|Image by Kristina Fong|
A new placemaking project by Fiona MacNeill explores campaign offices of elections gone by through the lens of a faux candidate, Corey Dor
, who has set up an office along University Avenue.
MacNeill lived for three years along University Avenue at the Carleton Artists Lofts, a time that included the 2008 election cycle. "I noticed that there was so much transition with the campaign offices coming and going," she says. She was intrigued by the energy these offices had. "It was almost tangible," she says.
|Photo by Terry Gydesen|
When the opportunity came up to do a project with Irrigate, which supports art projects along the Central Corridor, she discussed with them the idea she had for doing a project about different historical campaign offices between Eustis and Vandalia along University Avenue. They have popped up along the avenue over the years, she says, because of its central location and affordable rents. "The neighborhood has a particularly strong history of grassroots movement and neighborhood involvement," MacNeill says.
She looked to see if there were any records of where these places had been, but she found that there was very little information, as most of the offices used P.O. boxes. Even in their finance statements the addresses weren't included. For the most part, most of the campaign offices have little to no record of where they existed, with a couple of exceptions, such as the Wellstone campaign office.
The fact that she had such a hard time finding the addresses got her even more excited. "This amazing part of the neighborhood that had been there for years wasn't recorded beyond the collective memory," she says.
|Photo by Tucker MacNeill|
The piece became about making connections to excavate and explore the collective memories of those places, MacNeill says.
She began by interviewing people. She started with a few people who were friends of friends, who then connected her to others who had been involved in various campaighs. She also partnered with the Anthony Park Community Council, where Amy Sparks, the executive director, introduced her to a whole network of information through the organization's list serve.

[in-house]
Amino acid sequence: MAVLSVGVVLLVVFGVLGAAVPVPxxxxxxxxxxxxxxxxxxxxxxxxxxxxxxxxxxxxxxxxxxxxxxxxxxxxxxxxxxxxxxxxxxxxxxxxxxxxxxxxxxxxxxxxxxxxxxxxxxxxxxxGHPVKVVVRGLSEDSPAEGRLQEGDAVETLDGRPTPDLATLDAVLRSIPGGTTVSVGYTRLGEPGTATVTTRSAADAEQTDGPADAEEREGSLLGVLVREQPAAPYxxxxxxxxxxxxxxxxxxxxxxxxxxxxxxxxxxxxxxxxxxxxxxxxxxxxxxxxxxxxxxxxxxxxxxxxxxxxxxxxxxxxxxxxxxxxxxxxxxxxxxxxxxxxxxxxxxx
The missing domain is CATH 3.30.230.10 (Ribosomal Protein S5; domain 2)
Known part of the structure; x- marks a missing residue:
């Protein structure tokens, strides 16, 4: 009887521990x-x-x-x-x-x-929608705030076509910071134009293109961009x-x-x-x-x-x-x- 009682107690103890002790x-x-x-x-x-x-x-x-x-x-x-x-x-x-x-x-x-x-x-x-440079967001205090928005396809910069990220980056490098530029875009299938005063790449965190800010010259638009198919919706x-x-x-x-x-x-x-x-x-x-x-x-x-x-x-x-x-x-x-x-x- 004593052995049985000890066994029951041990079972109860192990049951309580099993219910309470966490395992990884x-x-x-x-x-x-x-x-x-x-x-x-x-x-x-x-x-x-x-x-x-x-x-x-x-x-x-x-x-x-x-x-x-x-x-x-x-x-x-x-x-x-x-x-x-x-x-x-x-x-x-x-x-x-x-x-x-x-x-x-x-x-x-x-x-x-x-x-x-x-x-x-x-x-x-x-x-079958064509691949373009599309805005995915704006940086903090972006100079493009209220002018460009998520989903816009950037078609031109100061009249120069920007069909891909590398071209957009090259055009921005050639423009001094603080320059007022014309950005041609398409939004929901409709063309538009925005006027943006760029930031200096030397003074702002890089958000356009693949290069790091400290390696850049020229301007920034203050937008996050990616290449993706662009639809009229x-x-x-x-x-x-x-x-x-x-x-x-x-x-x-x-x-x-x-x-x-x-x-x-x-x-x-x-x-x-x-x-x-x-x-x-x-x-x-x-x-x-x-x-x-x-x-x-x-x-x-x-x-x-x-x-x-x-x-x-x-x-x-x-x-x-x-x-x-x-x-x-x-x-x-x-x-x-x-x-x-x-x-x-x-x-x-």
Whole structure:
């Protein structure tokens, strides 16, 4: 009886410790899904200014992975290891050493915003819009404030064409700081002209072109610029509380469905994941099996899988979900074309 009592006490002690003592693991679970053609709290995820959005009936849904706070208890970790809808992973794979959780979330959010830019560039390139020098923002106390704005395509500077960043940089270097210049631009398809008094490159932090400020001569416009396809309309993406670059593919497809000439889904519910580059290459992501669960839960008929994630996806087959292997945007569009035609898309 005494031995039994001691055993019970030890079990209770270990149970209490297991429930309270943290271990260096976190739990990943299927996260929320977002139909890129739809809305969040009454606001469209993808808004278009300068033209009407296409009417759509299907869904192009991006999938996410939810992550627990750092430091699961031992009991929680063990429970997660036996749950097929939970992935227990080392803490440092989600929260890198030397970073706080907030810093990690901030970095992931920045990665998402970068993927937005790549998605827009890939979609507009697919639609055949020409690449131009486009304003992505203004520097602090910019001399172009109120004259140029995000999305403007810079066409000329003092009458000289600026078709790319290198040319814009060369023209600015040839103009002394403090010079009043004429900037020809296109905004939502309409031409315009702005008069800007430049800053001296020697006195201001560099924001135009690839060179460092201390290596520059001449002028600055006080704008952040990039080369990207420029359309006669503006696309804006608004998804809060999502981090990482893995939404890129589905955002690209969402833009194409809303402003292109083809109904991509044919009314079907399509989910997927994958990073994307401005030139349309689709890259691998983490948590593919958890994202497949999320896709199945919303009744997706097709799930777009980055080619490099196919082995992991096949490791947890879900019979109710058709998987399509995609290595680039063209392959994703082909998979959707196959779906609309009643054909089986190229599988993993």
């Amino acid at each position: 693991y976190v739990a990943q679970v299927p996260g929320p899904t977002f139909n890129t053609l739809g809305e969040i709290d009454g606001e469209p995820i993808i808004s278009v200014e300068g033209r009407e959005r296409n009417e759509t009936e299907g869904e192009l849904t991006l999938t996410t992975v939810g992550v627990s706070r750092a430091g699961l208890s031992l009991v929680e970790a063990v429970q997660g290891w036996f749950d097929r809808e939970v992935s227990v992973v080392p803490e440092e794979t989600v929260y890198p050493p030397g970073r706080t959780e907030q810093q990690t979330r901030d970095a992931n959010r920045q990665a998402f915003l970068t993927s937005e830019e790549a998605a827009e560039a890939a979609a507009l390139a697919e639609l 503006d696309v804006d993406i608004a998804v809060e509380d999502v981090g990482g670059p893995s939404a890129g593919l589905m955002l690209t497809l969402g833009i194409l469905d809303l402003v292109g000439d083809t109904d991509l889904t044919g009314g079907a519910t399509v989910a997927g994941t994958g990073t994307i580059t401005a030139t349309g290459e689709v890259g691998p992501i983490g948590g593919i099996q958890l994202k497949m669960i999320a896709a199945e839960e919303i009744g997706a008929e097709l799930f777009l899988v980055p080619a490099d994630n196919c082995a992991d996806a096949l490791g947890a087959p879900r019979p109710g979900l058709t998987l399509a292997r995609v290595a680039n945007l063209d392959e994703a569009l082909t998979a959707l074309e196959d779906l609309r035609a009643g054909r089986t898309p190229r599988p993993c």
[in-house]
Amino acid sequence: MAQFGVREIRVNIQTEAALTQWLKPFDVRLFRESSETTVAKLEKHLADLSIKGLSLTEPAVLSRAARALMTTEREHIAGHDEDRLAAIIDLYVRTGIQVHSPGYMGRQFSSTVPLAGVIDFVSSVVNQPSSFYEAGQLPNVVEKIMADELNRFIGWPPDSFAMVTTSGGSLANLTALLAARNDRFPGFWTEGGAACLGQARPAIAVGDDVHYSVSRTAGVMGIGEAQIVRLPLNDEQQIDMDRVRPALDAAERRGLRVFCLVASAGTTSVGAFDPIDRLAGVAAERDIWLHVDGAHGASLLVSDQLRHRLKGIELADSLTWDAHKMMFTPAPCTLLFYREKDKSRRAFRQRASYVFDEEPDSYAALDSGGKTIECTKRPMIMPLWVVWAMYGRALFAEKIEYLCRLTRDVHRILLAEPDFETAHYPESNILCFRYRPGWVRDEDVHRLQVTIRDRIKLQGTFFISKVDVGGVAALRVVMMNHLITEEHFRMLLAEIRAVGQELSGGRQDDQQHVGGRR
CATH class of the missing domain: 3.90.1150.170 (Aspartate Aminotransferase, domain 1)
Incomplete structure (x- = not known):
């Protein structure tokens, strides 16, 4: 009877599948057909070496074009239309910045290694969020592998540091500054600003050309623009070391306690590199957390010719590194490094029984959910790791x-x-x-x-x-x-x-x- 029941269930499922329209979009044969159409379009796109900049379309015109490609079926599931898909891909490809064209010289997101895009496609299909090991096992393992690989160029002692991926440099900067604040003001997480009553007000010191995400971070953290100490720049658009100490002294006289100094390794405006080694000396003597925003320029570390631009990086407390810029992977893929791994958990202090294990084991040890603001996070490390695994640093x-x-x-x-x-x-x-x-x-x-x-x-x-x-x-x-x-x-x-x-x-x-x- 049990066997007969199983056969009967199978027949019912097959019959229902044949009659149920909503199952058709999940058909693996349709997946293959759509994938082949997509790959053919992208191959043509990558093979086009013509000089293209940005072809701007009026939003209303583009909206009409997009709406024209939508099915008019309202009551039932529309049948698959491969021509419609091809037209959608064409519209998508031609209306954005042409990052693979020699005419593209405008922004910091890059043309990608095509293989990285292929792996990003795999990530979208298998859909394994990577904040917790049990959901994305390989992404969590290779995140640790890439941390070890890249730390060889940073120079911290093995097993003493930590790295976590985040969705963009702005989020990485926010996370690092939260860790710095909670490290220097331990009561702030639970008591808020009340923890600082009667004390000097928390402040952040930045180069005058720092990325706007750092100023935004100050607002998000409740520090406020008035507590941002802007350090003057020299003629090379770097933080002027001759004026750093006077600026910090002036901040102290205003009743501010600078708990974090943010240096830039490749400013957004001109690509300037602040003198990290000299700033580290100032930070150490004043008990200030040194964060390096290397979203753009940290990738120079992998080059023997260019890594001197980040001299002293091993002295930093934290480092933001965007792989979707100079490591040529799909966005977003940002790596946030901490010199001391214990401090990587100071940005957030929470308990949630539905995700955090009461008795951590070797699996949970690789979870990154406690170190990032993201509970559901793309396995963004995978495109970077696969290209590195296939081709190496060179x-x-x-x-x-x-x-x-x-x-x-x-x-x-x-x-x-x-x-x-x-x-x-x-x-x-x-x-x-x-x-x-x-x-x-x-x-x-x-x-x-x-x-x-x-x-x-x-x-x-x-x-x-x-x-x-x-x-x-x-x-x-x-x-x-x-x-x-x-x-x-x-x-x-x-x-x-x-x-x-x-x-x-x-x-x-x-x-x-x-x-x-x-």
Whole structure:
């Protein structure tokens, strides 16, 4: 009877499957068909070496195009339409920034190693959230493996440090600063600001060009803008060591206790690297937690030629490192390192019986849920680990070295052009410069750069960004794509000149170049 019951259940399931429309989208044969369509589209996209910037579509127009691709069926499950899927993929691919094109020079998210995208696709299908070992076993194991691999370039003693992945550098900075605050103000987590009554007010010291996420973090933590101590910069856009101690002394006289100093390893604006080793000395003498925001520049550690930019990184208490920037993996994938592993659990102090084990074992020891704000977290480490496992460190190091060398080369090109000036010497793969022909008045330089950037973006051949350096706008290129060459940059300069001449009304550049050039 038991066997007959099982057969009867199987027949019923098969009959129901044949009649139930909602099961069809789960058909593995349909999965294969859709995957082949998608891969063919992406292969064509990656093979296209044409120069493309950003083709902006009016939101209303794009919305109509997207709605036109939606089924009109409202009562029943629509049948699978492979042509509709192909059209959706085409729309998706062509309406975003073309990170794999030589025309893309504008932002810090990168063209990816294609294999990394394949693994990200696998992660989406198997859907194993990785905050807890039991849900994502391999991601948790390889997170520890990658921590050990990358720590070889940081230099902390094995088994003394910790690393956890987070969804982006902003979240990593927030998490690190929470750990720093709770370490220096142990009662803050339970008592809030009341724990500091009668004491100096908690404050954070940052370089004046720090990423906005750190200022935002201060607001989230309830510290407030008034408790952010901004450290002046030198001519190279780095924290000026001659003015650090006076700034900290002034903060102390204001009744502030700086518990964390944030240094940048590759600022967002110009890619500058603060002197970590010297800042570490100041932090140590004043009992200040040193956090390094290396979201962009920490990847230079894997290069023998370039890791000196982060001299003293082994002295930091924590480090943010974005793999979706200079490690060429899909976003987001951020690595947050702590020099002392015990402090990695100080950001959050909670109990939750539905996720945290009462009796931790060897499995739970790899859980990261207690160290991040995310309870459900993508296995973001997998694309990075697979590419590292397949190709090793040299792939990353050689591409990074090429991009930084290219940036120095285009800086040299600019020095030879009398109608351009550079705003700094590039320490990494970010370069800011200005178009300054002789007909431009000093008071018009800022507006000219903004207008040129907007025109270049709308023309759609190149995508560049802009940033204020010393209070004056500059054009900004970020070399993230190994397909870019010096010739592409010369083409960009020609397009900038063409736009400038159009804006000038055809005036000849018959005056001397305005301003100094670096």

"Each connection I made opened up five more connections," says MacNeill.
MacNeill was able to meet Terry Gydesen, a longtime freelance photographer who has won three McKnight Fellowships over her 25-year career. Gydesen documented Wellstone's office and made a book about Wellstone and his campaign.
Gydesen gave permission for MacNeill to use some of her photographs in the show. MacNeill calls them "rich historical evidence."
The project entails two parts. The first is a storefront at 2401 University Avenue, which is part of Wellstone's former office. "You can still see where aspects of Wellstone's office existed," she says, such as places where you can see there used to be a door, or a window.
The space is going to become a faux campaign office and micro museum that encapsulates MacNeill's research about the area. It includes images of campaign offices, both before and after the elections. Work by Tucker MacNeill, Avye Alexander, Gydesen, and others will be displayed.
There will also be yard signs MacNell has collected from various periods. MacNeill has looked through all the historical images and taken inspiration from what different campaigns used on their walls. "These spaces are so transient," she says.
For the exhibition, MacNeill will be inviting visitors to add to the aesthetic, adding their own homemade elements. "People in these offices make these places magical," she says. "They bring an energy to it.
There will also be some large-scale photographs you'd expect to find in a campaign office, and an American flag, always placed near the back of the room so it's visible when you enter.
The other part of the project is a collection of yard signs posted in buildings that used to house campaign offices. The signs will have a phone number listed, where people can call and listen to a one-minute oral history about the historical campaign, or scan a code with their smart phone to visit the website.
Corey Dor for the House
will be up on Thursday, August 23, through Sunday, August 26. Open hours are Thursday and Friday, 3 - 9 p.m., Saturday noon - 11 p.m. and Sunday noon - 6 p.m. The opening reception is Saturday from 6 to 11 p.m.
The politician named in the show, Corey Dor, is a constructed personality, MacNeill says. Some people have already gotten confused, believing that Dor is a real politician. "I thought that was really great," she says. The opening, on Saturday, will have lots of activities, such as self-guided tours and crafts, like making a miniature lawn sign or protest signs, or "other things you would expect to have in a campaign," MacNeill says.